In its effort to pass down the constantly increasing cost of power demand, Washington’s Chelan County Public Utility District (PUD) has proposed a new electricity ...
In its effort to pass down the constantly increasing cost of power demand, Washington’s Chelan County Public Utility District (PUD) has proposed a new electricity rate for cryptocurrency region in the county.
As reported by local radio station KPQ, the new rate is contentious as miners believe the new structure is unfair to their businesses, while also feeling that the county officials did not include them in the decision making process.
Customer Utilities Rate Adviser Lindsey Mohns, who was quoted by KPQ in the article said the new pricing structure was modeled after the current pricing structure (Schedule 35) in use currently by miners. Going forward to explain the difference, she stated:
“This rate structure is built the same way as the existing rate structure that cryptocurrency miners are paying right now, which is referred to as Schedule 35. What this new rate structure (Schedule 36) does is brings into it a market consideration on the energy price because we will have to purchase power on the market to serve the variable load associated with cryptocurrency.”
The Public Information Officer of the Chelan County Public Utility District, Kimberlee Craig weighed in, arguing that the proposed rate covers the market realities and protect the infrastructures “for the customers that are already here and invested greatly in our system.”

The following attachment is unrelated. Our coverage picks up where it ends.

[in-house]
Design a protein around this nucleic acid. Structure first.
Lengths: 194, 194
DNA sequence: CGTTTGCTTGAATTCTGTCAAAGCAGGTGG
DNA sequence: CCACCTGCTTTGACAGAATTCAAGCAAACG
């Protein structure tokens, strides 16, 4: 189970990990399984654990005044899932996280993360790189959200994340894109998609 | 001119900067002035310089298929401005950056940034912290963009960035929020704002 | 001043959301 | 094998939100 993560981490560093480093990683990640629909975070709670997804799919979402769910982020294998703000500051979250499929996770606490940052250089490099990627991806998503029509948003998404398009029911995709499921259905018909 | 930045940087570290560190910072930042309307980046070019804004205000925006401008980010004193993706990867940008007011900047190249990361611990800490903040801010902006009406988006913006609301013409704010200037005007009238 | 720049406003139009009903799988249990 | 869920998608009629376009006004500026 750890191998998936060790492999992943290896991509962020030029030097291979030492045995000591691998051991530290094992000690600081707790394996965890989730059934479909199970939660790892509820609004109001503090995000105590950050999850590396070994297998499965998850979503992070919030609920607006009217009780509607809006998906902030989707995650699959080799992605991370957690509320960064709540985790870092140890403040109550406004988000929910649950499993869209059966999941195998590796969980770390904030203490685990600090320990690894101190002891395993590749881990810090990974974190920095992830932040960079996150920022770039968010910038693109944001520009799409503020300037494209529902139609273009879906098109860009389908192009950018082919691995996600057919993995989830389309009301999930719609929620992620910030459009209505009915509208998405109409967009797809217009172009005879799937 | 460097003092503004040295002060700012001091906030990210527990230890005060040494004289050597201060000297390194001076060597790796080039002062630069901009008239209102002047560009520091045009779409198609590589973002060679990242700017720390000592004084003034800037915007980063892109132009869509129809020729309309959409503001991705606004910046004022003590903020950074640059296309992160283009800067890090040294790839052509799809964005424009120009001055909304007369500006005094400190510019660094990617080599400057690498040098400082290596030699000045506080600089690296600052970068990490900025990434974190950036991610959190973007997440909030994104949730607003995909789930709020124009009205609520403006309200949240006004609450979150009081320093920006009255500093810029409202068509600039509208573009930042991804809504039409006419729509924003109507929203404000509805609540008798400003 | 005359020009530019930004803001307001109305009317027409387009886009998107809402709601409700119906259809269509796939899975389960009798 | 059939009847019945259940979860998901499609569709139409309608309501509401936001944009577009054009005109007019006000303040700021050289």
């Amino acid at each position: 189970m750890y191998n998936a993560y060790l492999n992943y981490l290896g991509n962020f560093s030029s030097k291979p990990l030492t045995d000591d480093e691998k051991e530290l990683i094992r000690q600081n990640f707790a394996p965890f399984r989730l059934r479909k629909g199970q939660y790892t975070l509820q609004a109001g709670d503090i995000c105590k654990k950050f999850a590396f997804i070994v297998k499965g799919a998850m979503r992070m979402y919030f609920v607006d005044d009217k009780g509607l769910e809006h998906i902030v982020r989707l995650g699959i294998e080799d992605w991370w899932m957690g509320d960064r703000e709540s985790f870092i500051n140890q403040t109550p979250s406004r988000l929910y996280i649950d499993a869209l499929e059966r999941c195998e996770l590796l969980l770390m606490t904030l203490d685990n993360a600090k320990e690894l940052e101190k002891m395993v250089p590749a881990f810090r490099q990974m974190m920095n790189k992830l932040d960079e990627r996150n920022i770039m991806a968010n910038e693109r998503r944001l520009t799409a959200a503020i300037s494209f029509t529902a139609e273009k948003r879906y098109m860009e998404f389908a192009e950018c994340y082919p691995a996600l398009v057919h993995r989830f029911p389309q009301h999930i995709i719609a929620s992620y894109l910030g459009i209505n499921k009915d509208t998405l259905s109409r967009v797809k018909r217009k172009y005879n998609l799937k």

The Chelan PUD had held a stakeholder meeting to announce the proposed rate structure on November 7, 2018, where members of the cryptocurrency mining community had registered their displeasures at the new rates.
Denton Meier, a part owner of mining company Silicon Orchard, conveyed the agony of the miners on being left out of the decision-making process.
“I think it’s nice to be able to, but it seems like they’ve already made up their mind. What’s been missing is a round-table discussion and more of a brainstorming session. How can we affect the local economy, how can we work together? Let’s create a business-case scenario and include the PUD in that,” he noted.
The miners, however, sounded a warning to the district, stating that approval of the new rate would leave them with no choice but to move their operations to other favorable locations within the U.S.
Chelan County has never had it smooth with miners operating in its county. Earlier this year, as per CCN.com reports, the county’s PUD had enforced a moratorium against mining companies that were running unauthorized mining operations due to the abundance of cheap power in the region. The moratorium led to the county ramping up security due to safety concerns of its staff from a group of irate miners, at the time.
The PUD went as far as to threaten unregistered individuals and companies caught running an unregistered mining operation with fees, cutting off power and the involvement of the police. The county also suggested the installation of automated meters, as a measure to help them fish out those using the power resources for mining without a license to do so.
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